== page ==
This is provided your total IRA contributions remain within your individual contribution limit. This allows you to diversify your investments.
Roth IRA Cons
Contributions Are Taxed
This upfront application of income tax reduces the amount available for investment. However, you can set up a larger traditional IRA or grow an existing one faster with the same amount of money.
Because a Roth contribution is taxed, they don’t reduce your adjusted gross income (AGI), so you will not benefit from any tax breaks due to participation in a Roth IRA plan.
Low Contribution Limits
For 2022, the maximum amount you can contribute to your Roth IRA is $6,000. If you have reached 50 years of age, you have an optional retirement catch-up allowance of $1,000, bringing your maximum permissible individual contribution to $7,000.
These amounts are similar to traditional IRA limits, but the income limit further restricts the ability to contribute to Roth IRAs. The IRS sets income eligibility limits for every year depending on the cost of living adjustments.
For 2022, you need to earn less than $125,000 as a single contributor and $198,000 as a couple filing joint returns to contribute the maximum amounts highlighted above.
The amount you can contribute starts being phased out if your earnings are above these thresholds, up to $140,000 for the individual and $208,000 for the married couple.
You cannot participate in a Roth IRA if your earnings surpass these limits.
Deciding Whether a Roth IRA is Right for You
Consider your current position against where you project yourself to be at retirement, focusing on two key aspects: your tax bracket and income level.
If your tax bracket is likely to be higher than it currently is, a Roth IRA will have you paying fewer taxes upfront for your contribution. The reverse is also true.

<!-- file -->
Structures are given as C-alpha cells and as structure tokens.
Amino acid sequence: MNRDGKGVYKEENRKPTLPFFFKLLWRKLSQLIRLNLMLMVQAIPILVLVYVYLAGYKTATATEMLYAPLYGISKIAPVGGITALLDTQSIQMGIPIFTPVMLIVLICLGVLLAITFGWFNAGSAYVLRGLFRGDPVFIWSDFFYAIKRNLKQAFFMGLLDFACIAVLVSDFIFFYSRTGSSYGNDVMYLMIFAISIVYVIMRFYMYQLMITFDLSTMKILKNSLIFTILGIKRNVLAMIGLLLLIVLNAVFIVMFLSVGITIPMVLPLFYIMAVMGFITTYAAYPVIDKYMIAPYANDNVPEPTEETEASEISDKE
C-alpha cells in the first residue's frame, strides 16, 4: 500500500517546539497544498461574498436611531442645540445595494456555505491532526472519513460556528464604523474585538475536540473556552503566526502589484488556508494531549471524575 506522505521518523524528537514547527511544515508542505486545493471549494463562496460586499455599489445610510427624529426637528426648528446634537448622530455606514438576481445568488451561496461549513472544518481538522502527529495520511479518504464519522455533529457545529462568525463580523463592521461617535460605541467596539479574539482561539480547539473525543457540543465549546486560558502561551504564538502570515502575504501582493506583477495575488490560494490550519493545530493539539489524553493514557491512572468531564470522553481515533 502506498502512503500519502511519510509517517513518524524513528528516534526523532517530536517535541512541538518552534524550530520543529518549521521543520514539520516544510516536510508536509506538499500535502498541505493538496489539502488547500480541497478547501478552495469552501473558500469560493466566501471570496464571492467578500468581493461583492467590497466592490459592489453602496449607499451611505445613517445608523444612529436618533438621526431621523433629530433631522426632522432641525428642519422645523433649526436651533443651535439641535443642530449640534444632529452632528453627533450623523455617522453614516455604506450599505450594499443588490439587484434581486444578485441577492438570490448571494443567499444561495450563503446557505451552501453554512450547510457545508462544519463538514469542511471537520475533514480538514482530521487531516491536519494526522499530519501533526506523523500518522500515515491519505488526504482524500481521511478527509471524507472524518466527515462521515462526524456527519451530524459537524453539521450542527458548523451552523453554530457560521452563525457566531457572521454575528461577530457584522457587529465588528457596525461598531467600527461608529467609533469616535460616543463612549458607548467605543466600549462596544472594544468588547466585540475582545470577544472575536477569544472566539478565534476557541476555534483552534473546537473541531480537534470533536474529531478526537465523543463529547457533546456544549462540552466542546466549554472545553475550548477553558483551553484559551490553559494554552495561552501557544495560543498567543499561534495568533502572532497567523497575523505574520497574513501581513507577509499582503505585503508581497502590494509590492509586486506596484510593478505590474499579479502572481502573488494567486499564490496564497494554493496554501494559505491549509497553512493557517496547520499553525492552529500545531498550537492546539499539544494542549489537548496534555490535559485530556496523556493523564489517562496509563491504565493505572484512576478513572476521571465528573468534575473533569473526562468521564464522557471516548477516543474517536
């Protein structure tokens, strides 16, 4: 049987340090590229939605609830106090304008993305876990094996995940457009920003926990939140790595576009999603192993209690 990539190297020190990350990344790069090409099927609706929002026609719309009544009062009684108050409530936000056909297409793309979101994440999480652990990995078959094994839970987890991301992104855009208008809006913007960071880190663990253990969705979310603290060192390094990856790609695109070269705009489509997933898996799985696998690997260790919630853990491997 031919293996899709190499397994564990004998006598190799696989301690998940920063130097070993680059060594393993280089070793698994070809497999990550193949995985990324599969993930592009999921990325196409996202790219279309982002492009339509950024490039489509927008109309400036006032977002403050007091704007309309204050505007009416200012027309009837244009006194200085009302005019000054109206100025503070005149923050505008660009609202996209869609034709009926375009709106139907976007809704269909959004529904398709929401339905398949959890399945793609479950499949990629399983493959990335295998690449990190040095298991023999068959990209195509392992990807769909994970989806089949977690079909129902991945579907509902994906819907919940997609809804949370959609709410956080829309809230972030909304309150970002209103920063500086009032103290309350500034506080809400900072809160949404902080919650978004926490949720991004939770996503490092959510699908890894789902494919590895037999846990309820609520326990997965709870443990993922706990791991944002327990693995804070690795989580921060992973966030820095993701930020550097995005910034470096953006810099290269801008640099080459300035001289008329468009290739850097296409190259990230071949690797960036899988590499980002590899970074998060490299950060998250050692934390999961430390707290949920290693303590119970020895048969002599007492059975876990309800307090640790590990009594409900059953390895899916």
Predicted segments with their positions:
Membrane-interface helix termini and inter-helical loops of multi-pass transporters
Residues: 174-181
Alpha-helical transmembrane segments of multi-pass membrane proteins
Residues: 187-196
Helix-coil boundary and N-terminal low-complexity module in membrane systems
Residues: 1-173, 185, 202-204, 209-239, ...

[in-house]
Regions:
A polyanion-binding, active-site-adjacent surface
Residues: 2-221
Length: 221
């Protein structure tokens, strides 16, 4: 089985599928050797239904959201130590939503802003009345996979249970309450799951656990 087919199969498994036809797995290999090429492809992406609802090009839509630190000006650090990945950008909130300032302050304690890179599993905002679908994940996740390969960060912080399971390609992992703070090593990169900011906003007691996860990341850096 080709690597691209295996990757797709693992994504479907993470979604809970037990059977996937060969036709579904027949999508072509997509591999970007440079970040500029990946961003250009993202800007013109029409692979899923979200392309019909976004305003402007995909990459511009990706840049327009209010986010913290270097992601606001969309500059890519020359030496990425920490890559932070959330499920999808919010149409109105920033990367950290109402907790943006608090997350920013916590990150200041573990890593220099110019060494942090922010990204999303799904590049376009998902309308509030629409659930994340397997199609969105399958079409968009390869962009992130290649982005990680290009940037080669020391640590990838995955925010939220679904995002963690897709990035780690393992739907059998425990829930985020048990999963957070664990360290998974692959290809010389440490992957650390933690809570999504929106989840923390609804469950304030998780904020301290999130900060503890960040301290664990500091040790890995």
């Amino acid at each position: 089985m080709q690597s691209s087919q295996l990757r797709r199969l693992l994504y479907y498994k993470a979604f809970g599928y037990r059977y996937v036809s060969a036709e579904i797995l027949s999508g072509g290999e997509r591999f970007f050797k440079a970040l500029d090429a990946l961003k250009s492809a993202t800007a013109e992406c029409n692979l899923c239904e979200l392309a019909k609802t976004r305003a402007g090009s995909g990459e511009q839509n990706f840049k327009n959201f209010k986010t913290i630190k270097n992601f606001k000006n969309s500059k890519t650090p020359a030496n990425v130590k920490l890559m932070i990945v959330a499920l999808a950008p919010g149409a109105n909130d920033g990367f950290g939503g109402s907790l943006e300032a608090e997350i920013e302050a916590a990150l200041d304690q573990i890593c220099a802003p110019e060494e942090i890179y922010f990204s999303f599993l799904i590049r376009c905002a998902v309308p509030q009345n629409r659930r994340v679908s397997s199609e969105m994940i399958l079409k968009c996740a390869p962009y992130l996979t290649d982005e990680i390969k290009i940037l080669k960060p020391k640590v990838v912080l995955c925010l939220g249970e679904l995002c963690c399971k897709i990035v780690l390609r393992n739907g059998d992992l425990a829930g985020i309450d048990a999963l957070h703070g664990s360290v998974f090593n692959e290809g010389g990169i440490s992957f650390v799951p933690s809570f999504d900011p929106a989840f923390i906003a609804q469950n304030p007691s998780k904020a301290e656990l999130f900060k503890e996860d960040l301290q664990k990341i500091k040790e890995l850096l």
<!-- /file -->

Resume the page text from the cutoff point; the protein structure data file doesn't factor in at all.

A Roth IRA is a great idea for contributors in the early stages of their careers as they have the highest probability of retiring in a higher tax bracket.
Their compensation is usually at the lowest level it will be throughout their career. Their contributions are taxed at this lower bracket, and the savings and subsequent investments are freed from the tax burden.
It is not the best fit if your earnings are at their peak as per your career standards because you will be in a high tax bracket, making the tax deduction on your contributions punitive.
There is also a higher probability of your tax bracket coming down after retirement due to reduced earnings.
A traditional IRA is better placed to optimize returns in this case because taxes will be deducted at a lower rate post-retirement, and more of your untaxed contribution will be available for investment.
A person can participate in other defined benefit and contributory retirement plans, along with a Roth IRA. It is advisable to look at viable combinations that may mitigate the shortcomings.
You can split the investment between a traditional and Roth IRA to diversify your tax benefits or have the Roth IRA as a backup to an employer-sponsored defined contribution plan like a Roth 401k.